They will kill again. Experts explained why prison does not rehabilitate | People | Society

An ex-prisoner was caught in Tyumen, who, as soon as he was released, almost strangled a child. The Perm maniac, released on parole, still found his next victim. Is it possible to correct a repeat offender behind bars – asked experts.

Repeat crimes

Ramil Garifullin, Associate Professor, Institute of Psychology and Education, Kazan Federal University, Candidate of Psychological Sciences told his point of view:

– This is a fundamental question – how changeable is the essence of a person’s personality, that part of it that is very difficult to correct. If there are developmental anomalies, and the person can somehow be “developed”, well, for example, in the case of mental retardation, then the problem will disappear. But if this is a diagnosis, for example, oligophrenia, then usually such people are unteachable and cannot be corrected. Repeat offenders, based on some psychological internal mechanisms, chronically and unconsciously commit crimes; they cannot get out of their trap, in which they remain due to some psychotrauma and mental characteristics. That is, they repeat crimes again not because someone stimulates, pays, etc., but because there is an internal need. When such a person is in prison, for some time, due to the new environment, he plays the role of a changed, repentant one. He likes this position and often dreams of living differently when he gets out of prison. But, as practice shows, all this is imagination. As soon as the prison is left behind, the imagined world collapses and a return to the old occurs. Therefore, it is necessary to recognize that everything is individual, and yet there are such entities that are corrected, but it takes time.

As for the choice of tools to influence a person, prison is the most primitive way to change it. This is a test, an overcoming, and we believe that supposedly due to the fear of prison, a person will draw conclusions for himself and give up bad intentions. But this scheme doesn’t work. Many prisoners adapt to the zone; often they no longer know how to live a normal life and commit crimes again in order to return to prison. Moreover, they even love this kind of “contrast shower” – they will live in a prison deficit and, upon leaving, admire freedom. But after some time, they adapt to the world around them and stop appreciating what they perceived so keenly at the beginning. And again they begin to think about returning to the zone.

What to do with them? The conclusion is simple. Amnesty must be very selective; the harm and benefits of releasing such people must be weighed; in the end, the latter must significantly prevail. It is necessary to seriously strengthen the level of prison psychology in order to calculate and predict human behavior and, on the basis of this, make a decision on amnesty.

In addition, it is possible to correct the psyche without changing its essence – we can change some components that allow a person to survive, not get sick, not harm himself, not become depressed, become healthier, happier as possible. You can also work with repeat offenders in this way, while understanding that he is a repeat offender for life. There is chronic alcoholism, in which a person may not drink for life. But if he drinks, he will go on a drinking binge. A repeat offender is also a chronic offender; this is a lifelong condition.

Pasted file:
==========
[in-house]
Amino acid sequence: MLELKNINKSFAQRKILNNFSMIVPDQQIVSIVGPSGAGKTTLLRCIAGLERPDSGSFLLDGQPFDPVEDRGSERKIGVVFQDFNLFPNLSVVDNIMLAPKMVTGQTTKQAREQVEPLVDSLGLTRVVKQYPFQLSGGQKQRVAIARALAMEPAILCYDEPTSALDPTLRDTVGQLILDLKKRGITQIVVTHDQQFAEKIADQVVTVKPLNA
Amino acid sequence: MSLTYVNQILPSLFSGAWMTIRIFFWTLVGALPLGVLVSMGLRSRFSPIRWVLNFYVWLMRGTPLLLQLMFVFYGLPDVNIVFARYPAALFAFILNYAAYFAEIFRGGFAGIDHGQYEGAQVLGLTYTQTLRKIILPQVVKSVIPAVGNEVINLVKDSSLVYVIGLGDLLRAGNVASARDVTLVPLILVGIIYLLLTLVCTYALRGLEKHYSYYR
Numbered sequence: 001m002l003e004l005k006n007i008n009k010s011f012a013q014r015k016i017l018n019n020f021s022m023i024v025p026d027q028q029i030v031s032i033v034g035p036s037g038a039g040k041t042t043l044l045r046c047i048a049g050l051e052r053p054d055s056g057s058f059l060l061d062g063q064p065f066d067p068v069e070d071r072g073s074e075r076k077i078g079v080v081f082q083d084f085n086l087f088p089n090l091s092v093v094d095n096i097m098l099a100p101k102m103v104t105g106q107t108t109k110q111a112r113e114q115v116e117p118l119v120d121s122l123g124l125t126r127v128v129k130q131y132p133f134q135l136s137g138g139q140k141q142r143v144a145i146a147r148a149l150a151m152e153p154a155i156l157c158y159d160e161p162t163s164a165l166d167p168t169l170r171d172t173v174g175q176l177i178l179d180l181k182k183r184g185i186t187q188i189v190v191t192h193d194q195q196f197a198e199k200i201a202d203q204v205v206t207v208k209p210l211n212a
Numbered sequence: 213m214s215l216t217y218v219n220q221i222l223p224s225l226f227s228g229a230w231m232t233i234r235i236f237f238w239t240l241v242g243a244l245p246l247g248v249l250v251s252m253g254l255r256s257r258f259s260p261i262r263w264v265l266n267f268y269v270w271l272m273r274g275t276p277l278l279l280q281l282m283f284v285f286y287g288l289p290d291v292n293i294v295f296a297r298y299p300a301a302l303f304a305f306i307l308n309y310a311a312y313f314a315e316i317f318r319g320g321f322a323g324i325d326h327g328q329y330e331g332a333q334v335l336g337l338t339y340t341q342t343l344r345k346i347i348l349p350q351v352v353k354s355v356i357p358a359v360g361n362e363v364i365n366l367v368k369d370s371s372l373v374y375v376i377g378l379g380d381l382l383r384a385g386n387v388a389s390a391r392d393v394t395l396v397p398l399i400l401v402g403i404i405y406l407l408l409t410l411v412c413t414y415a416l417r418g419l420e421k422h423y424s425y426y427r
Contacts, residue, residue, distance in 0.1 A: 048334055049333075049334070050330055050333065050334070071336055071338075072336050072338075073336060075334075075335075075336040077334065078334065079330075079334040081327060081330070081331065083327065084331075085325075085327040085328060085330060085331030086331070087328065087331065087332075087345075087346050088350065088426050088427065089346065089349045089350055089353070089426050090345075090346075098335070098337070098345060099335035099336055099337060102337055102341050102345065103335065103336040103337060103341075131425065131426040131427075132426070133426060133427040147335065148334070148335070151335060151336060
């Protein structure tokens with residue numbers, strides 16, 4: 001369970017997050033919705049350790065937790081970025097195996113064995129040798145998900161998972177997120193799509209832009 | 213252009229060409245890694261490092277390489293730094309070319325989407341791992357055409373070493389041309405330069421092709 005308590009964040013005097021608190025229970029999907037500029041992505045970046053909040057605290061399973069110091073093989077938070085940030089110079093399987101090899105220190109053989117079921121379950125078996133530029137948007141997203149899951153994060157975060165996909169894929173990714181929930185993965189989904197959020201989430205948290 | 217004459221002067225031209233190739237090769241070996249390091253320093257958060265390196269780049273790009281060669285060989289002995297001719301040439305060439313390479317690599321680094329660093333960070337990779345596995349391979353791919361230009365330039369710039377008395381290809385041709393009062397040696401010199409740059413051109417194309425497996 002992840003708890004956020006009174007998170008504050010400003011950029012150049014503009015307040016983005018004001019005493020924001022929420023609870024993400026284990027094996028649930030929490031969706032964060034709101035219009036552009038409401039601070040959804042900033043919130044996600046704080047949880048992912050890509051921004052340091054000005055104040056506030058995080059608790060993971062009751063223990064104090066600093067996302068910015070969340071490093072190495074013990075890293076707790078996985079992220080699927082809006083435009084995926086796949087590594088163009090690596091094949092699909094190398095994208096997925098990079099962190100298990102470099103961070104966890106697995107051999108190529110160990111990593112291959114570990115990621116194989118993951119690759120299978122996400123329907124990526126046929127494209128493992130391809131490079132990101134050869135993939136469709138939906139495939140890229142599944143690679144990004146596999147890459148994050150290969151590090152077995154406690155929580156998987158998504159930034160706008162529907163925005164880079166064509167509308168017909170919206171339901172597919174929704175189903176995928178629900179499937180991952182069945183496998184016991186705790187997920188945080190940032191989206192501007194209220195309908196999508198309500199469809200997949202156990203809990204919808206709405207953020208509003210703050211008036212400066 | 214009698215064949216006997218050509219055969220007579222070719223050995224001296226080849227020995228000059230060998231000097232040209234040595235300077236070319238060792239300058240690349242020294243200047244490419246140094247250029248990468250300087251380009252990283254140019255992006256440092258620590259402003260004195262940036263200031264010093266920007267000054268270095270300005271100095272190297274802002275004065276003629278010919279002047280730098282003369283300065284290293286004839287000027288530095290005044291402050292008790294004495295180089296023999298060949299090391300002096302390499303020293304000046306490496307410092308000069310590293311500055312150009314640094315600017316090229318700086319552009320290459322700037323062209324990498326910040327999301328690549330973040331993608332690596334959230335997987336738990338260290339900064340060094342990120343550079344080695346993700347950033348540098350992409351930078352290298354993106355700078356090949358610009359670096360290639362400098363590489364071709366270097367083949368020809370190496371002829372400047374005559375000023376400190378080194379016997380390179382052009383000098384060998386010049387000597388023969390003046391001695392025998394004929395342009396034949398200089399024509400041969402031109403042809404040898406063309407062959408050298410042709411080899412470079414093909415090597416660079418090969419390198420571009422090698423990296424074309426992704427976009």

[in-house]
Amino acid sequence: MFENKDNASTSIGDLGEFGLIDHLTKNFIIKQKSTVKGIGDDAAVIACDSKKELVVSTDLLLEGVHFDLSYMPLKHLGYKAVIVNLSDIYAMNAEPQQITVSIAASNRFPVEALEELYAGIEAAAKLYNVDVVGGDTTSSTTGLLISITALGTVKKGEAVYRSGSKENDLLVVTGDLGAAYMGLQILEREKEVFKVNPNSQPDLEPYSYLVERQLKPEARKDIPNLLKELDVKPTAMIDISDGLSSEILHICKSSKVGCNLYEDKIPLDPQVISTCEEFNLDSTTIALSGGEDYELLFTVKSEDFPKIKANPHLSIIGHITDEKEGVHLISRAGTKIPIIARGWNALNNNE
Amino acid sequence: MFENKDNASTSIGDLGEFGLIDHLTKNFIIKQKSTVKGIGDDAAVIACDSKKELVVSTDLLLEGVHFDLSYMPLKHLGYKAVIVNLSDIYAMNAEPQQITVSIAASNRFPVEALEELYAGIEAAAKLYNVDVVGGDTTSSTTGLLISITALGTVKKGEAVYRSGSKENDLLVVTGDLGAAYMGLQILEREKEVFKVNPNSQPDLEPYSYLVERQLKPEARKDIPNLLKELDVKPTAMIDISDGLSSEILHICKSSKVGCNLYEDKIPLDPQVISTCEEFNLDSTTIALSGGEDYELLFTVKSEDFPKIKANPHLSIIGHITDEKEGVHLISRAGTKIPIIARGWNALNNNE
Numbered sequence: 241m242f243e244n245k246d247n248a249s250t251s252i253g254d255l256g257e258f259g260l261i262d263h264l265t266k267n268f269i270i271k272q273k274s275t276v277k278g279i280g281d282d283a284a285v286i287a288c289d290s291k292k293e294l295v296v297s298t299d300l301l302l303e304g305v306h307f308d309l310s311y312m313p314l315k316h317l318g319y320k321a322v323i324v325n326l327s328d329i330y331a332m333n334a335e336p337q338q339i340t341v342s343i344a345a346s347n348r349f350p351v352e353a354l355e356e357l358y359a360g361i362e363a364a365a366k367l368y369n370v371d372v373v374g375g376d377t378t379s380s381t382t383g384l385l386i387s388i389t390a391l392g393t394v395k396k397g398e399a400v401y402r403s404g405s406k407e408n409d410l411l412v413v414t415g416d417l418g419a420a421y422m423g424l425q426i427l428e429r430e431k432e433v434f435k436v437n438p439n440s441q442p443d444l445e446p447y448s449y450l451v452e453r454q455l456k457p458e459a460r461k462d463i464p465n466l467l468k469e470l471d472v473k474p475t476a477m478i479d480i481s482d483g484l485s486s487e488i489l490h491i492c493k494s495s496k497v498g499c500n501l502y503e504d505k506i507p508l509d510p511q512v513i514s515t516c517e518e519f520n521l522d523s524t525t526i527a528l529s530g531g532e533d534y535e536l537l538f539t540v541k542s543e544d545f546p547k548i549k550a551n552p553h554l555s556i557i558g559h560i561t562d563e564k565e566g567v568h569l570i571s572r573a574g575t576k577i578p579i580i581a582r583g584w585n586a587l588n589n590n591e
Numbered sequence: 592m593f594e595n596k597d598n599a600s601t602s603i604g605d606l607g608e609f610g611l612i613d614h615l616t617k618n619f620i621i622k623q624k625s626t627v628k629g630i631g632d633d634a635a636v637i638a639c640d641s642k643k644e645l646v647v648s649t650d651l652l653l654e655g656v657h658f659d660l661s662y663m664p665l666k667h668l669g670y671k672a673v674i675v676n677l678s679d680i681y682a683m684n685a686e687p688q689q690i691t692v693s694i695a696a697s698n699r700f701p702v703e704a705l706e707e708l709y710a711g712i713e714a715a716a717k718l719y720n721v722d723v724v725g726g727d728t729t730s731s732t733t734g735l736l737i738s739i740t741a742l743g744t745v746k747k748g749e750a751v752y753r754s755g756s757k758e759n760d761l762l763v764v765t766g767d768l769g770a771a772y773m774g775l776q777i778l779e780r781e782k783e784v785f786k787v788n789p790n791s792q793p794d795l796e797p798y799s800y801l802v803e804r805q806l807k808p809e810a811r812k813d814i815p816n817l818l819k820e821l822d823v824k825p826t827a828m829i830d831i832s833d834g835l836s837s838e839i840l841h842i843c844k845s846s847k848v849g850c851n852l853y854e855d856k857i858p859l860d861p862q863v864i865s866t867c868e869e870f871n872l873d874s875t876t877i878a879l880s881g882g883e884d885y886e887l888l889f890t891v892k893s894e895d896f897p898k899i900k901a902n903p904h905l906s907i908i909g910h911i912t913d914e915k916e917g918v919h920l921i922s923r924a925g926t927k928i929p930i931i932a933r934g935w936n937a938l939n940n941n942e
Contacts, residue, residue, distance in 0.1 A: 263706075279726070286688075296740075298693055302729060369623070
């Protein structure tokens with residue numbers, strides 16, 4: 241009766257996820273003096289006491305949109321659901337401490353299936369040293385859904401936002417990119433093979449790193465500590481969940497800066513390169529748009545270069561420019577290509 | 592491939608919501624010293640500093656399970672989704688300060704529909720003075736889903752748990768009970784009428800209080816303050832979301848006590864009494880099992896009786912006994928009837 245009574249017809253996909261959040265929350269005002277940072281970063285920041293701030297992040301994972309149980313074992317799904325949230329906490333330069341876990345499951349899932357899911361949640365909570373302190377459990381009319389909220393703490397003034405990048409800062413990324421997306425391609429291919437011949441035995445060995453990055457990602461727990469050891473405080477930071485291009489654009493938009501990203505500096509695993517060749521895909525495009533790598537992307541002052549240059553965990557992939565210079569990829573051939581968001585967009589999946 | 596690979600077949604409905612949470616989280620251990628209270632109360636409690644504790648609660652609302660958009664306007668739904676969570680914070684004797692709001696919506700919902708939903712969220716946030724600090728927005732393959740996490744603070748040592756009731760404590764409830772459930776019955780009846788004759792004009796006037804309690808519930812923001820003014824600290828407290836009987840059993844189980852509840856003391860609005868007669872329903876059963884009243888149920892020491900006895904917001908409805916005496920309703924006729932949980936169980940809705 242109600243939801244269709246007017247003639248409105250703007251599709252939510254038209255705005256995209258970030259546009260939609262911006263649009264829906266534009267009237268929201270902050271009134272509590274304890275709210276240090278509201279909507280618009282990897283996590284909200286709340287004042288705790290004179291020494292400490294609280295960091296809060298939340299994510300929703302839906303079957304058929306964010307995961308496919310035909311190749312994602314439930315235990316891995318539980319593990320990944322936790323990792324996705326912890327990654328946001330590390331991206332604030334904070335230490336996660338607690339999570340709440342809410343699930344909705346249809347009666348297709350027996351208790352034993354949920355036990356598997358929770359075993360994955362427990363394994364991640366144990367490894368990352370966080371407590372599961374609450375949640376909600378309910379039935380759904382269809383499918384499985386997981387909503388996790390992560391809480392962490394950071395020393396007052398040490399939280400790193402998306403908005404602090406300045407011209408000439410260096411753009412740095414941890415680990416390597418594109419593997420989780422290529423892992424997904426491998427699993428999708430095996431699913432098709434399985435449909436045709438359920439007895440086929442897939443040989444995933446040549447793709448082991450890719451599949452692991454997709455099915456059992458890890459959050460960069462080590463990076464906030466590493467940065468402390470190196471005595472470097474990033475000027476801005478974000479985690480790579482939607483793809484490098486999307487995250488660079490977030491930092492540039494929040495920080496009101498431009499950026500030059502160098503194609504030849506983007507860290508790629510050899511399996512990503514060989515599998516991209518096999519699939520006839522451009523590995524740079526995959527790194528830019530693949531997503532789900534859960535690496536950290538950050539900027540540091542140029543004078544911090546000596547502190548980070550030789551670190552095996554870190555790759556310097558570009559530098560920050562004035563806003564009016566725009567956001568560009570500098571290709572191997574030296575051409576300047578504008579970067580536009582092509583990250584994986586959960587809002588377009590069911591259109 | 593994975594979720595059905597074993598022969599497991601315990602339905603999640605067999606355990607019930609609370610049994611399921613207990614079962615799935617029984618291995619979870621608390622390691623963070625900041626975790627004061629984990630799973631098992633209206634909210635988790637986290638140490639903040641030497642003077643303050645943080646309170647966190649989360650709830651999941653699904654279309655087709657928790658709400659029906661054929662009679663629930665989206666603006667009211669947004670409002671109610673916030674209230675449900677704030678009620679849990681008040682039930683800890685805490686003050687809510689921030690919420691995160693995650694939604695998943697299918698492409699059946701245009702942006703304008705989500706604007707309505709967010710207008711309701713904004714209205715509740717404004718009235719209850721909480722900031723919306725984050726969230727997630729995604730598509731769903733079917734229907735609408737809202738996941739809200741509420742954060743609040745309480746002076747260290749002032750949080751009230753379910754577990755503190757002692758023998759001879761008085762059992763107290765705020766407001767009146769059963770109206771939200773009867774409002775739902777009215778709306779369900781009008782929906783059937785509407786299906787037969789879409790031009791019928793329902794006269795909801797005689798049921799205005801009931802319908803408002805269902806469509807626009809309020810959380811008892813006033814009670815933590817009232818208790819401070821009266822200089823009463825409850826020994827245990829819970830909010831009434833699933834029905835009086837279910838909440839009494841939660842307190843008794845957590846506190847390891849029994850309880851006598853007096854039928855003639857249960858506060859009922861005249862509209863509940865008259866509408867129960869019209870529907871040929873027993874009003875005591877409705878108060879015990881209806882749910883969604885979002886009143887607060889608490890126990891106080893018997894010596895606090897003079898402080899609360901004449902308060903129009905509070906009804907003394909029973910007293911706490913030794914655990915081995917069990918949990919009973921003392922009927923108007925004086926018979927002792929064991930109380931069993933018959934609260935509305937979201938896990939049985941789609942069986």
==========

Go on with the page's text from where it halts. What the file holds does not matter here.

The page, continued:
“They can’t go free”

Dmitry Plotkin, ex-investigator and criminologist of the Ryazan prosecutor’s office added:

— How is it that repeat offenders are released on parole for particularly serious crimes? The problem is in our legislation. There is a lot of bad things in the USA, but several life sentences for those who have committed especially serious crimes – we should take this into account. This is a guarantee that such a criminal will not be released under any amnesties. Such people should not be released. And so what happens: the state makes him an indulgence, does not take his life, and then also releases him from prison. For the criminal it is, of course, good, but for those whose relatives were killed? Or for those who may become potential victims?

At the same time, I am against the death penalty. I understand the victims very well. In my practice, those people who should have been shot were left alive. Judges always want everything in a case to be as “clean and beautiful” as possible, so that there is no doubt about the death sentence imposed. And most often such sentences were handed down to those who confessed and repented. In my opinion, such a person might deserve a pardon. But those who stubbornly did not want to admit their guilt, despite the fact that it was proven, most often slipped past the “tower” – the judges believed that there might be a mistake, and somehow the guilt was not fully proven – after all, admitted it! And in my practice it was that the gravity of the crime of those who were shot was much less than the gravity of the crime of those who were not shot. And, frankly speaking, now we have very weak judicial and investigative personnel, I would not leave such a decision to them.

To avoid relapses, there must be a system of strict prevention and rehabilitation for such people after they are released from prison. They must be registered with administrative and supervisory authorities, be employed, and be under full control at the workplace. In addition, we need a system of scientific and medical monitoring of the physical and mental state of such people after serving their sentence – this will make it possible to somehow predict possible behavior and also protect its potential victims from danger.


Leave a Reply